As the scenes flash before us, we see every wrong decision reversed: Sebastian NOT brushing Mia aside, NOT joining the awful band, BEING THERE for her audition, FOLLOWING her to Paris, STARTING his club, getting down on one knee and proposing, and yes, babies and date-nights and them together. The montage shows us how EASILY Mia’s marriage could have been with HIM, how that beautiful baby back home could have been THEIRS, how the date to the club could have been TOGETHER.

A series of choices, all in which Sebastian chooses Mia. Notice they don’t have Mia change anything. Mia did everything right, she put herself out there, she left that dinner table and MADE it to that date—and in the end she found a man who was willing to commit. You feel her sadness for Sebastian, perhaps regret for what might have been, but she walks out of that club. She doesn’t return to Sebastian like he’s some kind of long-lost soul-mate (true or not): life has gone on. She smiles at him and then walks away. I think several things are going on here: I think Mia knows she made the right choice. I think she also values all that they taught one another, and furthermore I think we see that Sebastian realizes where he went wrong. LLL d 12 _2353.NEFHe is filled with regret. But he also got a wake-up call, and he’s finally started his jazz club. And this is what makes La La Land such a good film. You have Sebastian living his dream yet deeply unhappy and then you have Mia who’s moved on with her  life. You don’t actually want her to be with Sebastian. Sebastian didn’t choose her—and Mia chose LIFE, life with scary auditions, a husband, babies, diapers, babysitters, and all that jazz (ok, maybe no literal jazz for Mia). But we see what might have been: and it would have been beautiful.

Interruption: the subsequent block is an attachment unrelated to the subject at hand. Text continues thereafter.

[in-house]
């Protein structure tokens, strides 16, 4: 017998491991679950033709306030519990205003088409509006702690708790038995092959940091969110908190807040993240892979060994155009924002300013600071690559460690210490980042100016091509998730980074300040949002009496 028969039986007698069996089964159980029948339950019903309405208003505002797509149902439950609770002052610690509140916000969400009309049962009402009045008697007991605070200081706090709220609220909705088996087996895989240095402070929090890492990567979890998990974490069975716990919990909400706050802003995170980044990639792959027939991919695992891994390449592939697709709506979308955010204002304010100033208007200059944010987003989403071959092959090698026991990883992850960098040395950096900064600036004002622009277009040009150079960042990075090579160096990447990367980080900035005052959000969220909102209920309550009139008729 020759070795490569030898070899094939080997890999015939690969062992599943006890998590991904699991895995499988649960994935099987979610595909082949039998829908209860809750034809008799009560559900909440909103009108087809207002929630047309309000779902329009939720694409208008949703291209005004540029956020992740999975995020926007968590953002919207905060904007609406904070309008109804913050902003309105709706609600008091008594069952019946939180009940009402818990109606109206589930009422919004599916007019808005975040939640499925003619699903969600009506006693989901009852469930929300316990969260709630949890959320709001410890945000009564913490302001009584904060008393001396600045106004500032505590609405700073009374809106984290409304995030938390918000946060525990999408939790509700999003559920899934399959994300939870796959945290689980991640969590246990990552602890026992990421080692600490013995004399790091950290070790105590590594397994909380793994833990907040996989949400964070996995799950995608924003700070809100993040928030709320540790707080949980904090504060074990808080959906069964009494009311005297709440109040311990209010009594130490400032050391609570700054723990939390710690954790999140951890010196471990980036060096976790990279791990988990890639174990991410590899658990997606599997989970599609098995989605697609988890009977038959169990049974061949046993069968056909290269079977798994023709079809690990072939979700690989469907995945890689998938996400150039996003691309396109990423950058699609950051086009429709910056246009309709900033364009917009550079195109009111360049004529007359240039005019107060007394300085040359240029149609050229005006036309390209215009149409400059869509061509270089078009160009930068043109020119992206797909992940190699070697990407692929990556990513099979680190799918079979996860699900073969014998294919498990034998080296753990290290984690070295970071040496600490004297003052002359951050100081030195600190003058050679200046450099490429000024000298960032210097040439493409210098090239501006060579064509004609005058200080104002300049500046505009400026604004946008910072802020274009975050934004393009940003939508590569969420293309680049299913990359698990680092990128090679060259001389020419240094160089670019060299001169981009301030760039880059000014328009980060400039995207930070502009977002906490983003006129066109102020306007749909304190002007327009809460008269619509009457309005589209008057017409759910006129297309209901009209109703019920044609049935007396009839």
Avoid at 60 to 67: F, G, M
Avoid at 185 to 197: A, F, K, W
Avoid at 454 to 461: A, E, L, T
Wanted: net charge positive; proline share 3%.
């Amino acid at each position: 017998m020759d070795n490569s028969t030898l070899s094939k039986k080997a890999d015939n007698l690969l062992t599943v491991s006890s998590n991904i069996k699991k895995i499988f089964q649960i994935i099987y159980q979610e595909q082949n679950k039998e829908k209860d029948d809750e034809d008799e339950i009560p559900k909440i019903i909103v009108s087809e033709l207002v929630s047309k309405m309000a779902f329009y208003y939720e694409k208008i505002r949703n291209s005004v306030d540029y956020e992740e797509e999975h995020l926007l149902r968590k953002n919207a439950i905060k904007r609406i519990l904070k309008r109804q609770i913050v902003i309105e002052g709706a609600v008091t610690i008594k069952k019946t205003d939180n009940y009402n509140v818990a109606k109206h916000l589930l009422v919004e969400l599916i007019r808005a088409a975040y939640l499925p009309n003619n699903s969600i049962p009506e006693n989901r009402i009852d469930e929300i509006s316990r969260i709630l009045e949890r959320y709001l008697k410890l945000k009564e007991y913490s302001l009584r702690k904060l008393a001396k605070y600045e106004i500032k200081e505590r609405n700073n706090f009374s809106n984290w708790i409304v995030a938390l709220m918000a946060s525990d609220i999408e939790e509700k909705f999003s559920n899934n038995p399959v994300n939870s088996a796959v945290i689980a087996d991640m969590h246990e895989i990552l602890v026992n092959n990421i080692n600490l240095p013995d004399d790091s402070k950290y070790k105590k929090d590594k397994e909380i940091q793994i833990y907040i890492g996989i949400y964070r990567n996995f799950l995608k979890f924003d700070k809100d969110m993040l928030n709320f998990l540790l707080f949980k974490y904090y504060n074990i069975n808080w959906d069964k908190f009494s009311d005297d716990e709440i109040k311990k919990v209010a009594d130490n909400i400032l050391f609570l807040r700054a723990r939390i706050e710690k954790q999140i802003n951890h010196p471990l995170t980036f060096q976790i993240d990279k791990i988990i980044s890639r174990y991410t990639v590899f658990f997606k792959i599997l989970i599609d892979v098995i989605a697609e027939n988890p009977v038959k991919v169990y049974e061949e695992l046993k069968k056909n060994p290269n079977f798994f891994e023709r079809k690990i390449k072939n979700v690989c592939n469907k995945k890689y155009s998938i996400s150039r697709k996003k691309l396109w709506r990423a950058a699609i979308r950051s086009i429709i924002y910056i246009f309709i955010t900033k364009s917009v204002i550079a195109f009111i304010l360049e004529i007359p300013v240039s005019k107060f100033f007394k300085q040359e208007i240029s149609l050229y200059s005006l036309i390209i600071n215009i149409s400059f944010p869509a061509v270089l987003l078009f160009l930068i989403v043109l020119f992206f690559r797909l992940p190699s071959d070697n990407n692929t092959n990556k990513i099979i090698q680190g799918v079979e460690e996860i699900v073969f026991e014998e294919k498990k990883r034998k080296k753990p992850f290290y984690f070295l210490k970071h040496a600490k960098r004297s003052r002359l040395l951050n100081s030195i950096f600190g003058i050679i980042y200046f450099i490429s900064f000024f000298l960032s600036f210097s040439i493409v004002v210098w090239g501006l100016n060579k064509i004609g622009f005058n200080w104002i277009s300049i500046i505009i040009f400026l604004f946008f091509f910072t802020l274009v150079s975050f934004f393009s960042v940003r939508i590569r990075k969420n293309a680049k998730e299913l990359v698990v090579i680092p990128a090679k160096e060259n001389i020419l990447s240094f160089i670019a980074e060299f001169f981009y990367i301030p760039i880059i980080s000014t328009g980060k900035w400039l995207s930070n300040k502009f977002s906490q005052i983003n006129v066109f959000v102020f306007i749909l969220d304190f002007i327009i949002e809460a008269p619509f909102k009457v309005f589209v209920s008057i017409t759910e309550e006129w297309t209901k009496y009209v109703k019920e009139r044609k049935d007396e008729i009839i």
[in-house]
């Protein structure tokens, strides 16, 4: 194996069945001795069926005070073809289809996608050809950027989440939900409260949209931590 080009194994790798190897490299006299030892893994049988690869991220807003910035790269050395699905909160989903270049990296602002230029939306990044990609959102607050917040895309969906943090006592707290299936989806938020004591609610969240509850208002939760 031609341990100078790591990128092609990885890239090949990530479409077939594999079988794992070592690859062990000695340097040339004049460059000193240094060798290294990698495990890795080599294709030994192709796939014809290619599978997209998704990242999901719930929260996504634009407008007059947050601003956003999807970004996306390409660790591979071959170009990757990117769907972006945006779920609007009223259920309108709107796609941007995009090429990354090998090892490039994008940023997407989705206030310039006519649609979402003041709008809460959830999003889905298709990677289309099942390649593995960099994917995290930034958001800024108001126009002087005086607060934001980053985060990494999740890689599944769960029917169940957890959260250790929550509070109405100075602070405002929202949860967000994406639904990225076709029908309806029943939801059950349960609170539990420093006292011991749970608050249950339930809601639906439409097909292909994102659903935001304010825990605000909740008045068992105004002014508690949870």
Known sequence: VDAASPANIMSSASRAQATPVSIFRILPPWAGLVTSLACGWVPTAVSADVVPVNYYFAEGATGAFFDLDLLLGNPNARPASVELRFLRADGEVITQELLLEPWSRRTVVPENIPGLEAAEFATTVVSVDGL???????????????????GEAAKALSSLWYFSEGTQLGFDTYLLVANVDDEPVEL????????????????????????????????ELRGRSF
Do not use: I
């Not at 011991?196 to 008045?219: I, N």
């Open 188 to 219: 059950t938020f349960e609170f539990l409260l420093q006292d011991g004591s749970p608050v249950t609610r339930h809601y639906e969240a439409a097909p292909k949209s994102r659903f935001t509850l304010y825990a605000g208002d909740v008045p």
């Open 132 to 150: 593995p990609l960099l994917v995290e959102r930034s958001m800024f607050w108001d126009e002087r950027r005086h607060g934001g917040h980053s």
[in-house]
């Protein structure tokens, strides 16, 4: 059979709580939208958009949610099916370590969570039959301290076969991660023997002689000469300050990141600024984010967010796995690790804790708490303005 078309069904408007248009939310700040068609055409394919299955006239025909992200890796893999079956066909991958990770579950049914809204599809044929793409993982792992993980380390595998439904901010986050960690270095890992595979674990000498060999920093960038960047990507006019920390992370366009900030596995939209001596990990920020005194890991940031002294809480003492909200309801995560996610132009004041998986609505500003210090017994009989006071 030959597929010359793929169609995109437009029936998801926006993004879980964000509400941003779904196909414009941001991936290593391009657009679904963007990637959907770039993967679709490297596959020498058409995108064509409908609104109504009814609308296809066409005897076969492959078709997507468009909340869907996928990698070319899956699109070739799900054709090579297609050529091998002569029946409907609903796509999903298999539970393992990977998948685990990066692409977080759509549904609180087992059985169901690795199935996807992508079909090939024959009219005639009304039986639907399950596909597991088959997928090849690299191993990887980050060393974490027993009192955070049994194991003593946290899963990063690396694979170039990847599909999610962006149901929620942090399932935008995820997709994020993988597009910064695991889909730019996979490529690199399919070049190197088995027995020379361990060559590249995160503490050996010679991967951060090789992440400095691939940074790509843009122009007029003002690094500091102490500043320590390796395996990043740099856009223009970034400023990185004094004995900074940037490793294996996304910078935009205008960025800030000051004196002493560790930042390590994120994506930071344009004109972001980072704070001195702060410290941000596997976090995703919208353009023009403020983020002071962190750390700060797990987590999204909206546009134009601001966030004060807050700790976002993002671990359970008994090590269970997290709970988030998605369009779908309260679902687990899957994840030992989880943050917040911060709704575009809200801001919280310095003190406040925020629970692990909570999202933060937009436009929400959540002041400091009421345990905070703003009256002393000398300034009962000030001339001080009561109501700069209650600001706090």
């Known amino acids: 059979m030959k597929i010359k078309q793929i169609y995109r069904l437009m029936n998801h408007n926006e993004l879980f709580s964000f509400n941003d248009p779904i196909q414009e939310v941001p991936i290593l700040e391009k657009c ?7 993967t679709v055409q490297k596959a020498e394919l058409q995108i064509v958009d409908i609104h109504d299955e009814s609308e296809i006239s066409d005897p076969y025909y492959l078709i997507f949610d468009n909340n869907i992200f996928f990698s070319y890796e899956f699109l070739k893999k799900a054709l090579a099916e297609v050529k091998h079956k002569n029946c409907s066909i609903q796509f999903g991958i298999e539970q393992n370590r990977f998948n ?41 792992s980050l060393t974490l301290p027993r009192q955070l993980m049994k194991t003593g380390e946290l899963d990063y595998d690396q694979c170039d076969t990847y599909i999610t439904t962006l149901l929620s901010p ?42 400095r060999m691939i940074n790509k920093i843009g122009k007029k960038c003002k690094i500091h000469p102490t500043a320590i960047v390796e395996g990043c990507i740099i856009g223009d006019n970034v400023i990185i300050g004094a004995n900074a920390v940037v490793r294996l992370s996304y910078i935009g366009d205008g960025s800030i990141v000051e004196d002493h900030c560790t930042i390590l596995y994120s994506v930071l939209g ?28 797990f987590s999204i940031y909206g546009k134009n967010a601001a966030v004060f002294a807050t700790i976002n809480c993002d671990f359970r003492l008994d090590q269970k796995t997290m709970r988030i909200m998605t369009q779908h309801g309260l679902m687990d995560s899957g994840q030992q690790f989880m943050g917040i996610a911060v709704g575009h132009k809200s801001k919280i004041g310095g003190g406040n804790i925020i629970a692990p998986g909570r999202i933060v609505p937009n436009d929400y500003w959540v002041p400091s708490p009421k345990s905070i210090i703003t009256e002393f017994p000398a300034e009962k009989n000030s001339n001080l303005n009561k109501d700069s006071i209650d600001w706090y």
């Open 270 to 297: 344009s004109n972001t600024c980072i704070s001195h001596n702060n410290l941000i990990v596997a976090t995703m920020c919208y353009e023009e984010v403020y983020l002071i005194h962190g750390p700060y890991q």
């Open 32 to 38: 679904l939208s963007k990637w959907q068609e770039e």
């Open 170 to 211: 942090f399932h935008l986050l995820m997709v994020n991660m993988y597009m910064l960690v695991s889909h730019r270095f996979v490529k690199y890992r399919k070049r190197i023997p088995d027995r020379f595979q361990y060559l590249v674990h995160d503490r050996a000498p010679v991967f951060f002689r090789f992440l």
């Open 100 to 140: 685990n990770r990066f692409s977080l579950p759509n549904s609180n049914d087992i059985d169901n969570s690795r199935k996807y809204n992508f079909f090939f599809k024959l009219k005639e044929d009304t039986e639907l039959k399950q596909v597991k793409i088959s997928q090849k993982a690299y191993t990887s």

How easily life could have been different.

When my husband and I see a film like La La Land, we hold each other close, because we know the pain of choosing “no,” and we know how close we came to not choosing YES. My husband and I spent years side-stepping romance. Sometimes it was in small ways—ruining what might be a romantic moment—other times it was a much clearer decision, a “no” and another “no”—if not verbally spoken, proclaimed in a choice.

What turned us around, in addition to the Lord using the circumstances of our lives, was a few very ordinary things. An email. A letter. A phone-call. A visit. A few simple actions that launched a chain of events which has led to our present happiness and years of marriage.

La La Land is a beautiful tribute to love: and a warning to those who don’t seize it. Life goes on. It doesn’t stop for you. You can have the love of your life staring you in the face and you can choose to say no. And guess what? Life will still go on. I love how it is no single choice of Sebastian’s that ends their relationship: it is a habit of being. And that’s what the film is telling you, too: it is never too late to start making the right choices and embracing life in all its fullness now. 

So choose to love. Love is always a choice. It is a choice in marriage when I cook my husband his favorite cookies, or when he goes 10 minutes out of his way just to see me sooner. It is a choice when you keep back hurtful words and choose words of grace: when you honor instead of malign, when you choose time together over time apart. It is a choice every single day.

So realize that this is your life: right now. This is your La La Land.

And Life is made up of the choices you make.